Staycation boom sees consumers stock up on soft drinks and snacks

Kantar retail figures show slight decline in grocery sales for 12 weeks to August 8th

Irish consumers spent €7.7 million on soft drinks, €664,000 on snacks and €579,000 on chilled burgers and meats in August as they stocked up for staycations.

The latest figures from retail group Kantar show that supermarket sales overall declined by 3.9 per cent over the 12 weeks to August 8th as life continued to edge back to normal and indoor dinning resumed.

The reopening of hospitality, however, coincided with boom in staycations, Emer Healy, retail analyst at Kantar, said.

“Instead of jetting overseas, many families have been packing up the car and heading to holiday rentals closer home,” she said.


As a result sales of soft drinks, snacks and grilled meats rose.

"Grocery market growth dipped slightly this month, but it's important to put that in perspective and remember that we are comparing sales against the peak of Covid-19 restrictions last year," Ms Healy said.

Irish shoppers still spent €333.2 million more on take-home groceries than during the same period in 2019, an increase of 13.4 per cent on two years ago, she said.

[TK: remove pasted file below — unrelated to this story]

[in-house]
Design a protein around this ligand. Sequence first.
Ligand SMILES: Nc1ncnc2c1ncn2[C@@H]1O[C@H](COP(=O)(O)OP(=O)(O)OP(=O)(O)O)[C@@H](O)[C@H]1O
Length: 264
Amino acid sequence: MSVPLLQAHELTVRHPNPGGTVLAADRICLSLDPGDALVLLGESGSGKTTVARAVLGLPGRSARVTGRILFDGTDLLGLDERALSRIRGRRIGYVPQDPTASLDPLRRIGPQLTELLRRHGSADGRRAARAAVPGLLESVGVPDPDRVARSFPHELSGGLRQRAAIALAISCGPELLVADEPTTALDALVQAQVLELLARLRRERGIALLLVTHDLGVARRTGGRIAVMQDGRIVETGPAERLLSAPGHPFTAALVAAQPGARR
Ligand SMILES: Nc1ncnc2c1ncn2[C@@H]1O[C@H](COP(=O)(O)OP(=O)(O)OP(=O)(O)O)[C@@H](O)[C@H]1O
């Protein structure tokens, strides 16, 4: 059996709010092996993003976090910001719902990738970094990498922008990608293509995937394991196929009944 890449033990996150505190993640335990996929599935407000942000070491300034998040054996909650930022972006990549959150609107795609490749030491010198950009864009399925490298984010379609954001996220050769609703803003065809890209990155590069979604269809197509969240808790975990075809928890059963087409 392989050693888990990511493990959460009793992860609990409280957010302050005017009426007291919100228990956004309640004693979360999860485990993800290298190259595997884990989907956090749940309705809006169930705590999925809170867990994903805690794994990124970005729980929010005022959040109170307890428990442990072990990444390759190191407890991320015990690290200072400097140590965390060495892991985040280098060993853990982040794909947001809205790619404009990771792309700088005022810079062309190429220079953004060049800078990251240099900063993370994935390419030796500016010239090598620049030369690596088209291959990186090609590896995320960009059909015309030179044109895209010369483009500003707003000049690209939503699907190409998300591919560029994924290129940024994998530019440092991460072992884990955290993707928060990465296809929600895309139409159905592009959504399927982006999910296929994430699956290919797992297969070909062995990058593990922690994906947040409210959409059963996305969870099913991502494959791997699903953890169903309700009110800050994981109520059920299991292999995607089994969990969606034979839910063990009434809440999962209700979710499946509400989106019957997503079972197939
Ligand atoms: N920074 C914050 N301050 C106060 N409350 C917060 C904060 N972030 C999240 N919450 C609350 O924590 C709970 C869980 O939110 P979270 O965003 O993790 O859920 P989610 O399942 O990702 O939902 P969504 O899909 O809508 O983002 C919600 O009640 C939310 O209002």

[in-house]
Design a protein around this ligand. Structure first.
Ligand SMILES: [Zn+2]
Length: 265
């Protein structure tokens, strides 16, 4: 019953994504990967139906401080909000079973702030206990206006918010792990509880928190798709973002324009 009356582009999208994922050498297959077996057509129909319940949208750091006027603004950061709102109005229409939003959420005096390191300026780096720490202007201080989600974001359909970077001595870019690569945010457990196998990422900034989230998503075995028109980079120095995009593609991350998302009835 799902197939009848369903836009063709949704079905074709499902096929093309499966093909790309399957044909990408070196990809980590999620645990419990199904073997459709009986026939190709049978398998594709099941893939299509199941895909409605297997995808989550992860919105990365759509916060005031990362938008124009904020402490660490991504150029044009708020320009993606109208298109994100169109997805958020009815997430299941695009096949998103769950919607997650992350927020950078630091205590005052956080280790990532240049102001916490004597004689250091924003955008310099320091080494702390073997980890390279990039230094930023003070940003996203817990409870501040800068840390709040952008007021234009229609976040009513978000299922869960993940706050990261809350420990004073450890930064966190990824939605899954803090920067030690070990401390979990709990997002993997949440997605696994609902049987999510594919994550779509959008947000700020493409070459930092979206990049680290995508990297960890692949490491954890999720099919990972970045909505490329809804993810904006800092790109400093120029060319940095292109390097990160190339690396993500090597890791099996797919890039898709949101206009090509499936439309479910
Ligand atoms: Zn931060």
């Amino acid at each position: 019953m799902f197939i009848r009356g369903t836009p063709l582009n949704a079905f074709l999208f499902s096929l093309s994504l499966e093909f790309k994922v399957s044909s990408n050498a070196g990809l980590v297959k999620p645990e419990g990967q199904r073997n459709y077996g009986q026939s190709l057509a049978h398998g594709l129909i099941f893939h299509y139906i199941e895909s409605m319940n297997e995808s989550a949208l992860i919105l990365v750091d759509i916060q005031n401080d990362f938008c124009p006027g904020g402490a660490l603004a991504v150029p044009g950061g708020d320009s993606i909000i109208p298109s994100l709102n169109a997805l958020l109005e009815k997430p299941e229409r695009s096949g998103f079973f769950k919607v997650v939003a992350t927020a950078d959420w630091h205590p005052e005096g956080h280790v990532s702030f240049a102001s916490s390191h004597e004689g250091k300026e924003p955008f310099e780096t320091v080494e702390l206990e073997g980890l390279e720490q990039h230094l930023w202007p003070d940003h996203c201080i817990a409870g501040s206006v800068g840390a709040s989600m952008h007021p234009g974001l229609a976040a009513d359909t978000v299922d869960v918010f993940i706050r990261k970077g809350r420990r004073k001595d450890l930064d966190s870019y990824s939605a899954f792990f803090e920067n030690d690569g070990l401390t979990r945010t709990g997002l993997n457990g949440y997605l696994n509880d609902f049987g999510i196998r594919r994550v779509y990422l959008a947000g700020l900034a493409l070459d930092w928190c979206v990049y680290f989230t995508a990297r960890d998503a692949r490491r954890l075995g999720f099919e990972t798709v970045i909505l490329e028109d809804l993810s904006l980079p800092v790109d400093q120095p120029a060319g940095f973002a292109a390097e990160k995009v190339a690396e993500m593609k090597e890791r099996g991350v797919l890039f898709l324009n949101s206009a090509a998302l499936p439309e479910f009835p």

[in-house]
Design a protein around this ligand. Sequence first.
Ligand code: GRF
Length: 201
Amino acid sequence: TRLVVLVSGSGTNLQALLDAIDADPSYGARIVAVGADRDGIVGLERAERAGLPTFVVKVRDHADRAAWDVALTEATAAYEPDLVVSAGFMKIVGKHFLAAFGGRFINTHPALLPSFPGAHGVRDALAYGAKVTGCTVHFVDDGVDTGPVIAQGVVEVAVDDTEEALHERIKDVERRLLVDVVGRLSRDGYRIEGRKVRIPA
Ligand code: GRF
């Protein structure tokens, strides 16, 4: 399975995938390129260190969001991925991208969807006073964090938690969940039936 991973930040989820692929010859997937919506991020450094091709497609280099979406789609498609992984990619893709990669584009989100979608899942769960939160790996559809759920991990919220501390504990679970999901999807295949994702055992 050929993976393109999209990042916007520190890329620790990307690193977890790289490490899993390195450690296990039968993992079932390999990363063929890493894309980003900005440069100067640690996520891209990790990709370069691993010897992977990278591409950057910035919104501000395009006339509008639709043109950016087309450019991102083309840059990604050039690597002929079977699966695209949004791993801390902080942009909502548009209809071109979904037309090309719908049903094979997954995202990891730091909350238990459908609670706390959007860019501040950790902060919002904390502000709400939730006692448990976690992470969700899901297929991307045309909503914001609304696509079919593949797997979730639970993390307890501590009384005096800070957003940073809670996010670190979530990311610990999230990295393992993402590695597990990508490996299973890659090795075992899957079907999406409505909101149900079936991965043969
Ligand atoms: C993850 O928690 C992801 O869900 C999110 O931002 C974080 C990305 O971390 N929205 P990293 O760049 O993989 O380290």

The figures show online grocery sales dropped by 0.7 per cent during the past 12 weeks. “Online shopping has been one of the most effective barometers of consumer confidence throughout the pandemic – when online orders decline, it shows that people are growing more comfortable to venture to physical shops and eat out again,” Ms Healy said.

Shoppers spent €917,000 less online, while their basket sizes went down by 4.4 per cent.

SuperValu once again captured the largest share of the grocery market during the period with a 22.6 per cent market share with customers visiting 5.8 per cent more often adding €37 million to the grocer’s sales.

In terms of overall market share, SuperValu was followed by Tesco (21.3 per cent), Dunnes (20.9 per cent), Lidl (13 per cent) and Aldi (12.6 per cent) .

“During lockdown, shoppers returned to making big weekly shops and became increasingly loyal to one supermarket to feed their families,” Ms Healy said.

“ Now that everything is opening up again, they are happier to mix it up and pop into different shops and Tesco, Dunnes, Aldi and Lidl all saw new faces in store this period as a result,” she said.

Eoin Burke-Kennedy

Eoin Burke-Kennedy

Eoin Burke-Kennedy is Economics Correspondent of The Irish Times